Female Eurasian Wigeons - What To Look For

Every winter, wigeons migrate down the Pacific and Atlantic Coasts where they spend time dabbling in  marshes, ponds and tidal flats. Long Island has no shortage of these ecological features and in turn is a  great place to study the less common Eurasian Wigeon.

Every waterfowl season, birders enjoy sifting through groups of American Wigeon, and other dabbling ducks, in search of Eurasian Wigeons. Adult male Eurasian Wigeons in full breeding plumage are very easy to identify and stick out like sore thumbs among flocks of other ducks. Females, on the other hand, are a bit more difficult and require careful observation. Here, I will share several photos of female Eurasian Wigeon, share some thoughts and point out some of the key features that have worked for me when separating female wigeons of both species.

One of the first things that I always notice with female Eurasian Wigeons is how warm and chocolate-toned their heads are in direct comparison with female American Wigeon. Female American Wigeon usually appears more gray-toned than brown. I say usually because there are some American Wigeons that can occasionally show a bit more of a brownish tone, but never as rich as the Eurasian females, at least with my experience in both species. This is the single most standout feature that allows me to hone in on this species.
Female Eurasian Wigeon (below) with female American Wigeon (above). This photo reveals several key features in distinguishing both species, the most obvious being the overall difference in head and breast tone. The Eurasian Wigeon is more richly brown on the head blending down through the breast vs. the colder, gray-toned American shown above. Also, note the gray toned upper scapulars (filling in behind Eurasian Wigeon's head). Photo taken in West Sayville, NY on 1/19/14 with an iPhone and Meopix Adapter through a Meostar S2 Spotter
If you get stumped by head tone, there are several other features that can help guide you toward correctly separating these species. An important area to focus on is the bill/head interface. Take a close look at where the bill meets the feathers on this wigeon's head. An American Wigeon will usually show a black border here. The thickness of the border here is variable and will sometimes be unnoticeable but its worth having a look. Notice there is no border within this interface on the Eurasian Wigeon image below.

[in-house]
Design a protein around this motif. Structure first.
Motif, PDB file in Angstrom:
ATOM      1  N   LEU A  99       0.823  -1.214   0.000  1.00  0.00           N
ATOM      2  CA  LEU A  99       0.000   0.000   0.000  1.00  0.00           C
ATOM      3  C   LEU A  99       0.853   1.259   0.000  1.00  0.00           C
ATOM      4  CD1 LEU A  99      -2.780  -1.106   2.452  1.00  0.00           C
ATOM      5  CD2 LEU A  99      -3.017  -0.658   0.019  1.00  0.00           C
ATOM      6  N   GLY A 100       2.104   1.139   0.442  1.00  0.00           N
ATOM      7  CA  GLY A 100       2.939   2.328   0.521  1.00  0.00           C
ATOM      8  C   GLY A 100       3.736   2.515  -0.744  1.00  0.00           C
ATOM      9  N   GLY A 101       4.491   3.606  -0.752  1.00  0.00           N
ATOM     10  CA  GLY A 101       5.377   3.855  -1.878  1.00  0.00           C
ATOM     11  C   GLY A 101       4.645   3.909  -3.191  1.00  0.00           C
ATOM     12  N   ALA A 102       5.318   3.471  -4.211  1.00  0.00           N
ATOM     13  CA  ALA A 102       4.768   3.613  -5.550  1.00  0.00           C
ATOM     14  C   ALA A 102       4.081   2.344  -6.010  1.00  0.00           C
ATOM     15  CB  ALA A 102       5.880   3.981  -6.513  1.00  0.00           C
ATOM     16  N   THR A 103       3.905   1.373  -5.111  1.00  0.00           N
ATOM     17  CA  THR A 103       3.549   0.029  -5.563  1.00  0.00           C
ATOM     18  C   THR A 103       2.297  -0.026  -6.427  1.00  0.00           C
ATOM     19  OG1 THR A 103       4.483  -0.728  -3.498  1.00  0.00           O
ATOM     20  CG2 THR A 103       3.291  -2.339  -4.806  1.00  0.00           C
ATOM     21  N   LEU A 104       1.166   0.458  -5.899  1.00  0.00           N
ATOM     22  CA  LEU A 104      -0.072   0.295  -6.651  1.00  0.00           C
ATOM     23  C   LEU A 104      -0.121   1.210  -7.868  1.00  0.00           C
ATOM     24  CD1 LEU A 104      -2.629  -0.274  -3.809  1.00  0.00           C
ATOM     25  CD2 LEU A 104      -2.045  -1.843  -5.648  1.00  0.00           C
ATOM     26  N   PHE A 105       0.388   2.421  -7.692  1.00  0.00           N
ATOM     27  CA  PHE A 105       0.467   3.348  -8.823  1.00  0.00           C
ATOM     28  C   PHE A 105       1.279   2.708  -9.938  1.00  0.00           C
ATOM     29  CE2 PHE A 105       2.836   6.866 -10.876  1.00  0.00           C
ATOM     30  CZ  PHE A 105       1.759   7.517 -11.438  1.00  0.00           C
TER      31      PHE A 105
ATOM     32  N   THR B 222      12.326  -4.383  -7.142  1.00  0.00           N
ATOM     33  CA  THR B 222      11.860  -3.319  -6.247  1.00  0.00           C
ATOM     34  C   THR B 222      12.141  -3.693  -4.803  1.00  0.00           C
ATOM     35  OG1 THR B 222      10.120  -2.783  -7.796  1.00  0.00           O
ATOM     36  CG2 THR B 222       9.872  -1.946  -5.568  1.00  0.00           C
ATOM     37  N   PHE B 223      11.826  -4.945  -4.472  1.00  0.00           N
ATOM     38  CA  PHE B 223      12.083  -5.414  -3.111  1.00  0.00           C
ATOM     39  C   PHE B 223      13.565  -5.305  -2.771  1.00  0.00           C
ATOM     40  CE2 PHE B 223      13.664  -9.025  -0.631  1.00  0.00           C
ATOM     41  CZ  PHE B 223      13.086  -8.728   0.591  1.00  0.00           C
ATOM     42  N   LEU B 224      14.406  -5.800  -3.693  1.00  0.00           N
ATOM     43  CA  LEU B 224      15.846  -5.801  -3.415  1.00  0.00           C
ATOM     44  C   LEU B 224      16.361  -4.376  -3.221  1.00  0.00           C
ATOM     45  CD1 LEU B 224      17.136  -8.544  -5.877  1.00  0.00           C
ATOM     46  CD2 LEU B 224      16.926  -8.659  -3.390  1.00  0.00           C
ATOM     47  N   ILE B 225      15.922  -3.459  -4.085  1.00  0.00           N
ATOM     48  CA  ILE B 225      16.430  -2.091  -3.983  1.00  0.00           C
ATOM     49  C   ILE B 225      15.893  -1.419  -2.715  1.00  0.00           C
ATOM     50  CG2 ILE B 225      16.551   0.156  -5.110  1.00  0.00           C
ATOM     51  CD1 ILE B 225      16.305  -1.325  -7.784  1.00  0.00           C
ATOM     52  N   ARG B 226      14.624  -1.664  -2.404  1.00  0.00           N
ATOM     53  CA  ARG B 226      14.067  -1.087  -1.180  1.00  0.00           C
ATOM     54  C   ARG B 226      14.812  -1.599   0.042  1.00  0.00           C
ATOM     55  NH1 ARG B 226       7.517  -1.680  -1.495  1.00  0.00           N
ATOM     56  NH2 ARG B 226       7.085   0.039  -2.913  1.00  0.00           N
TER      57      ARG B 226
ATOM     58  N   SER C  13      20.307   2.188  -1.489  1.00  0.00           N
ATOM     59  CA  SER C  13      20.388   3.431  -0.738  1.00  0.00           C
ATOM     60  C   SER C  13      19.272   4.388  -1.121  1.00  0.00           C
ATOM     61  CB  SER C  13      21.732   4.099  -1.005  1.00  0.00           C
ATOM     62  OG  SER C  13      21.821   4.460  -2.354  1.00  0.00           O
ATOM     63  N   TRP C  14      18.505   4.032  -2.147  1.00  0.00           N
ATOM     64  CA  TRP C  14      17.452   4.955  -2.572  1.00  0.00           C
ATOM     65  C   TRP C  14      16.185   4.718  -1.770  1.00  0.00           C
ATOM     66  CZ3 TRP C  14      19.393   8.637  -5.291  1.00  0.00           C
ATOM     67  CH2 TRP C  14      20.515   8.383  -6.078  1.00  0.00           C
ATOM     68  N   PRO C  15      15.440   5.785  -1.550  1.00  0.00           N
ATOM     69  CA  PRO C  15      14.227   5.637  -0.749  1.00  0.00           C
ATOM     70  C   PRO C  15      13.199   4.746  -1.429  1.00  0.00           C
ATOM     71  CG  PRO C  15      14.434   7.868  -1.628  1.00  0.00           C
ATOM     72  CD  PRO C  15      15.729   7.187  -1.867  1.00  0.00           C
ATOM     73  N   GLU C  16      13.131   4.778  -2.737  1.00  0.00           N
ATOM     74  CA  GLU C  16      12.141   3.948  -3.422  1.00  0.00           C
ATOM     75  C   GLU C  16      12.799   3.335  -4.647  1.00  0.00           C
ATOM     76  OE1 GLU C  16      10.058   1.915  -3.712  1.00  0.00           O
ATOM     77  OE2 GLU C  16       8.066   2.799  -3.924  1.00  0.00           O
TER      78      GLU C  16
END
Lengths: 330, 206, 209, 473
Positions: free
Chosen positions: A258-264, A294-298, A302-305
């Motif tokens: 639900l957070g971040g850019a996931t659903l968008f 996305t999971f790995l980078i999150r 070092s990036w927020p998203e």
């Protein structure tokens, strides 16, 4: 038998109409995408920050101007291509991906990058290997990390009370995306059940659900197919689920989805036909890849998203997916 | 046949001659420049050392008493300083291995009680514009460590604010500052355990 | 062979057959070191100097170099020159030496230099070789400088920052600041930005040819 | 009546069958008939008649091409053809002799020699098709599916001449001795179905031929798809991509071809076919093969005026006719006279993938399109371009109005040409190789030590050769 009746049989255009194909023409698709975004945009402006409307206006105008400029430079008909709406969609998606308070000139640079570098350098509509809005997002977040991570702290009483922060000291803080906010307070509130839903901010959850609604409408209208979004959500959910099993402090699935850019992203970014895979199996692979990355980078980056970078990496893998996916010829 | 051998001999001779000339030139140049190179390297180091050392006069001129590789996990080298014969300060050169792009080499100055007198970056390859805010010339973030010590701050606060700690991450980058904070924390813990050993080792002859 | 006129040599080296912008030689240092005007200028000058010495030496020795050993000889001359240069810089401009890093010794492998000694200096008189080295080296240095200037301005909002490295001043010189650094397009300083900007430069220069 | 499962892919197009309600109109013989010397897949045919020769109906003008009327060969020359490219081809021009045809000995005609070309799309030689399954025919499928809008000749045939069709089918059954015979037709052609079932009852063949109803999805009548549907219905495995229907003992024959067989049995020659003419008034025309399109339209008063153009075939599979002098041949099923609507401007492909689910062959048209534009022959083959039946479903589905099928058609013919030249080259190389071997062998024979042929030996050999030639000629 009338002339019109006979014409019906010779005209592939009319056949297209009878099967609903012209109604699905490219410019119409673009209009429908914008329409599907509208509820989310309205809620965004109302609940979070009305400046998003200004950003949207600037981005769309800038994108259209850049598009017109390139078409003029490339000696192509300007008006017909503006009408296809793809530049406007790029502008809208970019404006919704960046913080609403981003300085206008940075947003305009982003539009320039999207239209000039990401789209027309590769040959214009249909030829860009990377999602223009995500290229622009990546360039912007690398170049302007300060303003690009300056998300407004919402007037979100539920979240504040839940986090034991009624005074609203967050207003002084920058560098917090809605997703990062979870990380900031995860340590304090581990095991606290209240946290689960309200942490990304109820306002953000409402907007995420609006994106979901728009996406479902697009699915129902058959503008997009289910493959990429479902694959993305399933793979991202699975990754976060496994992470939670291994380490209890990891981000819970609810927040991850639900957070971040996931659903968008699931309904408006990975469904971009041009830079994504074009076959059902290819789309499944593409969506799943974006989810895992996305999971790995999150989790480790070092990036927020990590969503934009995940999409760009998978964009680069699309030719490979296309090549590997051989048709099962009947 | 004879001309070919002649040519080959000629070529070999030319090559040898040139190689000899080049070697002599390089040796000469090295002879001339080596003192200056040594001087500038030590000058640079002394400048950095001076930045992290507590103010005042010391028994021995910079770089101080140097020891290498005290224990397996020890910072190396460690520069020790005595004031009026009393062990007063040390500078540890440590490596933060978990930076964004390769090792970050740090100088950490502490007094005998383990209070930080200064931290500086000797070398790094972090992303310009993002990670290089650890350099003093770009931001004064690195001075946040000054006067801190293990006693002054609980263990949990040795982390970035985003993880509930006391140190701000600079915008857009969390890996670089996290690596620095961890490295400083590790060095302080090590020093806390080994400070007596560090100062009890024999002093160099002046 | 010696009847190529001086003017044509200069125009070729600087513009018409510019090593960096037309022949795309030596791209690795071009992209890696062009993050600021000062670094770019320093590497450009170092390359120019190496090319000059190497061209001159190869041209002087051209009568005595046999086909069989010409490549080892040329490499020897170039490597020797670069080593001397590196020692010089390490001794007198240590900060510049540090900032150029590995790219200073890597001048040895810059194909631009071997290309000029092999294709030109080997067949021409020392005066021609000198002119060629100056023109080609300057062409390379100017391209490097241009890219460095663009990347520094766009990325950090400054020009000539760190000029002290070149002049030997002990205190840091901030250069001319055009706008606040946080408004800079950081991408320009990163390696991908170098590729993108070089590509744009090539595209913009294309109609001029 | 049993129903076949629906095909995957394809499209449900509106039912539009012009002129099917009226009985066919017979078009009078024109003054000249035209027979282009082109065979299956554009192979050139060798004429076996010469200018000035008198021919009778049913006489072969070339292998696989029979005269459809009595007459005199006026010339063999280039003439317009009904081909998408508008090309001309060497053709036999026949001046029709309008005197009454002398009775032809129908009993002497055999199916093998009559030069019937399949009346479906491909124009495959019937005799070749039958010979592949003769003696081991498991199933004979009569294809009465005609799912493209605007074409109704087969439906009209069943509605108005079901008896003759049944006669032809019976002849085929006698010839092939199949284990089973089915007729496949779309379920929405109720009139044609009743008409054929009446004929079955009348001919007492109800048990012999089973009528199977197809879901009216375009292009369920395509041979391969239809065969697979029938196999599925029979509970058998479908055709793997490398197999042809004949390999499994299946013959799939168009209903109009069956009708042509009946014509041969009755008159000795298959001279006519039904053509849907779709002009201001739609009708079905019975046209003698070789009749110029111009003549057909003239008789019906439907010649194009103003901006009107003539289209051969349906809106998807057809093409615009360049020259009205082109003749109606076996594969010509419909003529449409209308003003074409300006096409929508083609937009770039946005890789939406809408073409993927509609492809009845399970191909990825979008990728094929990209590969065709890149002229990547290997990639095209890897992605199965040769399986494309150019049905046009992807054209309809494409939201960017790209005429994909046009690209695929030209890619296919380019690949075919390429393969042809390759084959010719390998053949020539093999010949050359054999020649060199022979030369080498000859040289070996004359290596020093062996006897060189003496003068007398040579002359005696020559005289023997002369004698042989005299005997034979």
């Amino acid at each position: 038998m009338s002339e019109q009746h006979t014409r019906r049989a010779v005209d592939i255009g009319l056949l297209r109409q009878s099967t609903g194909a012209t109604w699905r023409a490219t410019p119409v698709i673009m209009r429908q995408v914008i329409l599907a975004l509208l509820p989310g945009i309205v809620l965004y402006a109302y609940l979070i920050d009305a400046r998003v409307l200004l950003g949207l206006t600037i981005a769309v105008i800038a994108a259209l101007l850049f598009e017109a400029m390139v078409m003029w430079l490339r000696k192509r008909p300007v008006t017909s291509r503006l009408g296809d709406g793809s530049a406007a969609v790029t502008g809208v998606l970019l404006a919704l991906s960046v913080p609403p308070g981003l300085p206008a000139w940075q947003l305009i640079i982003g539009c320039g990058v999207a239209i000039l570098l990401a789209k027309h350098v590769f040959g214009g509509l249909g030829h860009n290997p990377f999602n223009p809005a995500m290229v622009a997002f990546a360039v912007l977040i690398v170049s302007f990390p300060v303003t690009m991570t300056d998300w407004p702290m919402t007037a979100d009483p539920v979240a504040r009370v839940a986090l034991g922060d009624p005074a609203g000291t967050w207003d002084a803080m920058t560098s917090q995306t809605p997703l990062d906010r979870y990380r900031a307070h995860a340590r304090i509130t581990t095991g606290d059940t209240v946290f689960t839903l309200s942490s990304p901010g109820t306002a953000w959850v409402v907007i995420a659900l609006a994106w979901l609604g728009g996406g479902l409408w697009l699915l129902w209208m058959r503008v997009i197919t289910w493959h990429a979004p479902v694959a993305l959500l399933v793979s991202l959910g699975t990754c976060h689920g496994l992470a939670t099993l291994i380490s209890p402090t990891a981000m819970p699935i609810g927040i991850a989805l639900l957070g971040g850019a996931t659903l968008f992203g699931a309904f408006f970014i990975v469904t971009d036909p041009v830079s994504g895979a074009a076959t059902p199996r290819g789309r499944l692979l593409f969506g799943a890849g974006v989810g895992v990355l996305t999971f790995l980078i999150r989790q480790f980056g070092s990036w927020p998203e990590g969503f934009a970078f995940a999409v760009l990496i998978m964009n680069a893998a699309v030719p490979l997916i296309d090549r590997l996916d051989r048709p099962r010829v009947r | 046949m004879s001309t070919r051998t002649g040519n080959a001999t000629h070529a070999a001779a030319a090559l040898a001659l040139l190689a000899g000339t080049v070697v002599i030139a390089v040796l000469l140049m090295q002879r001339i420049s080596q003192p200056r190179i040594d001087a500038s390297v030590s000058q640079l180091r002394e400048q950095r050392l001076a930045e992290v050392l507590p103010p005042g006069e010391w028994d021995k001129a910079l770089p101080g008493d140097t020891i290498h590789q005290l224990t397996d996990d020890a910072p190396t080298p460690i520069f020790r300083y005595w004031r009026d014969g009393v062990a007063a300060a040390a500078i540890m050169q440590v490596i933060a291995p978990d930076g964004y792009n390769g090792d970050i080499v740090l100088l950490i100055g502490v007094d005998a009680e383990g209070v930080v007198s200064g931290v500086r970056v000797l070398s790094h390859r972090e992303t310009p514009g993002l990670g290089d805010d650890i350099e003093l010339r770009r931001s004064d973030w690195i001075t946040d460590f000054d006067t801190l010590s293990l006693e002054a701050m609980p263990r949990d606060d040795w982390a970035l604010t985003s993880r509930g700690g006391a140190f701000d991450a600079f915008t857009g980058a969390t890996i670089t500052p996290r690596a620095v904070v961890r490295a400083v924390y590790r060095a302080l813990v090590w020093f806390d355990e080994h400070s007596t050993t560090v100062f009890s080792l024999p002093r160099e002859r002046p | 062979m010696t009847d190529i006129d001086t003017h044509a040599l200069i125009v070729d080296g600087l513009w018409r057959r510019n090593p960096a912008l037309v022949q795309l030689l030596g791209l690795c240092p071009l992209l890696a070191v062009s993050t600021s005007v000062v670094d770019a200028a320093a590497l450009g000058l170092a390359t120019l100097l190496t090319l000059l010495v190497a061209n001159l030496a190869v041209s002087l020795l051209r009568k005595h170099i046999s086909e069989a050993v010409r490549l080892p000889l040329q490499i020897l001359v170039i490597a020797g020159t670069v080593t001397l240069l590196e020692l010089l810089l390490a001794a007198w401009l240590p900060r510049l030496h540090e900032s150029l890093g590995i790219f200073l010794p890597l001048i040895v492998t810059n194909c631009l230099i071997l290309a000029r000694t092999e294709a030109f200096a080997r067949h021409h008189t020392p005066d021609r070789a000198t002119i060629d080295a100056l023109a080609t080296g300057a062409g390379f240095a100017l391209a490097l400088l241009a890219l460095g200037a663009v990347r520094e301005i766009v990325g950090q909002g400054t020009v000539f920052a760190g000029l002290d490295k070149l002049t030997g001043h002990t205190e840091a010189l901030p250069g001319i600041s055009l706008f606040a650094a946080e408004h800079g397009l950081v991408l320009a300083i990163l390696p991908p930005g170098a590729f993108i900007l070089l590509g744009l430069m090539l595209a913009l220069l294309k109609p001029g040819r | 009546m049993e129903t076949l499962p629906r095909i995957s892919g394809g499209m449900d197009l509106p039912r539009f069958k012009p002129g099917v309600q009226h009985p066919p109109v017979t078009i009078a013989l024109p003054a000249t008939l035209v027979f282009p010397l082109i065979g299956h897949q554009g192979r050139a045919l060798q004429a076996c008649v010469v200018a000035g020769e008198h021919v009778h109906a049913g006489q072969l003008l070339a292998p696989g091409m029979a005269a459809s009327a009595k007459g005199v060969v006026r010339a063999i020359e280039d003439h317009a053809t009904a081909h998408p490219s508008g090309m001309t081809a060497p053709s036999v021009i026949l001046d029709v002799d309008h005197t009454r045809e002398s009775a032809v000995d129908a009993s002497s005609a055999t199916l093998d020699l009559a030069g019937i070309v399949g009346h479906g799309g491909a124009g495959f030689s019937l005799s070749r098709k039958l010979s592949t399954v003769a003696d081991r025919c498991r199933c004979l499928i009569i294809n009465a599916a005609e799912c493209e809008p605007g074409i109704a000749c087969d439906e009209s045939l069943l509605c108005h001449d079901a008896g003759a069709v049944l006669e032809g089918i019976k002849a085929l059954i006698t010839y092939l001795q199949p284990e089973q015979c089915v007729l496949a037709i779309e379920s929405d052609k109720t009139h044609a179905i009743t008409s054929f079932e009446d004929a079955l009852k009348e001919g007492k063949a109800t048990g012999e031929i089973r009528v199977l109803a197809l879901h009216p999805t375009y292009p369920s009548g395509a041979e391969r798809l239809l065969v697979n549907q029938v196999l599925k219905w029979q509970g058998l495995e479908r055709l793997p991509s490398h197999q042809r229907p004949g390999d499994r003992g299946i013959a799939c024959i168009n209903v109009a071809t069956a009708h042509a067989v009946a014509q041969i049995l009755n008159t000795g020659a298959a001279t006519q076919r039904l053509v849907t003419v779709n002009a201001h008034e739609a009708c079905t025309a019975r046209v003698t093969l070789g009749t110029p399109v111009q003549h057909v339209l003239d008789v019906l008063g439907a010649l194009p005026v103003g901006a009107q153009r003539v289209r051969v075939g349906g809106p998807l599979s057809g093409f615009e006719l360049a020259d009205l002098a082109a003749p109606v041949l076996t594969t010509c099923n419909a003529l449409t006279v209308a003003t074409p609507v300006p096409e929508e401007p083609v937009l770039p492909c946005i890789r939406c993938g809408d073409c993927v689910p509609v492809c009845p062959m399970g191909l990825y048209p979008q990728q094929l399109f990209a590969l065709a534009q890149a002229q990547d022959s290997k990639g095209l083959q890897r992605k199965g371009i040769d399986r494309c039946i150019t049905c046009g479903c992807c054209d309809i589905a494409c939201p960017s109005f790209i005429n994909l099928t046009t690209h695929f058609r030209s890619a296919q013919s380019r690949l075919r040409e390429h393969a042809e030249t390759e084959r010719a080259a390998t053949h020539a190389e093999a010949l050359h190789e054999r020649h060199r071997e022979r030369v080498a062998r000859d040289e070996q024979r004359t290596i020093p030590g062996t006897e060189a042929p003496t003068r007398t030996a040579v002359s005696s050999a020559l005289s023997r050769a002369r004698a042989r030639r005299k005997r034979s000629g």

Eurasian Wigeon - Noting the same features as above, but without the comparison to American Wigeon. Also, note the gray upper scapulars. Photo taken in West Sayville, NY on 1/19/14 with an iPhone and Meopix Adapter taken through a Meostar S2 Spotter

In this final photo of a female Eurasian Wigeon (below) we look at two additional clues, probably more noticeable and reliable than the black border trick mentioned above. Notice the pale gray fringes on the upper scapulars of this bird, seemingly consistent with female Eurasian. This photo shows it well but you can also note this feature on the above images. Finally, hen Eurasian Wigeon tends to show matching tones on head and breast, blending together well. Female American Wigeon shows much more contrast and we will look at some additional photos to reiterate this field mark.
Hen Eurasian Wigeon (bottom) with drake American Wigeon (top) - Image reiterating the gray fringes on the upper scaps of the female Eurasian Wigeon along with the more blended tones on head and breast. Photo taken in West Sayville, NY on 1/19/14 with an iPhone and Meopix Adapter taken through a Meostar S2 Scope

Next, we'll take a closer look at an American Wigeon female. Again, always going back to the gray, cold toned head. Also note the contrasting tones between the head and chest area. This will appear to blend together on a female Eurasian Wigeon showing much less contrast.

Female American Wigeon - Image reiterating the two-toned contrast between head and breast. Image captured with an iPhone and Meopix Adapter taken through a Meostar S2 Spotting Scope.
Finally, hen American Wigeon generally appear brighter and more strongly patterned above as shown with this individual. This bird is barely showing a black border at the bill/face interface but this is good, as it reiterates the variability of this feature. 
Female American Wigeon - Image reiterating the two-toned contrast between head and breast, bright and strongly patterned above and barely showing a black border at the base of bill (highly variable but never seen on Eurasian Wigeon hen). Image captured with an iPhone and Meopix Adapter taken through a Meostar S2 Spotting Scope




Comments

  1. Your first photo also shows the difference in coloration between the Eurasion's innermost secondary and the American's innermost secondary.

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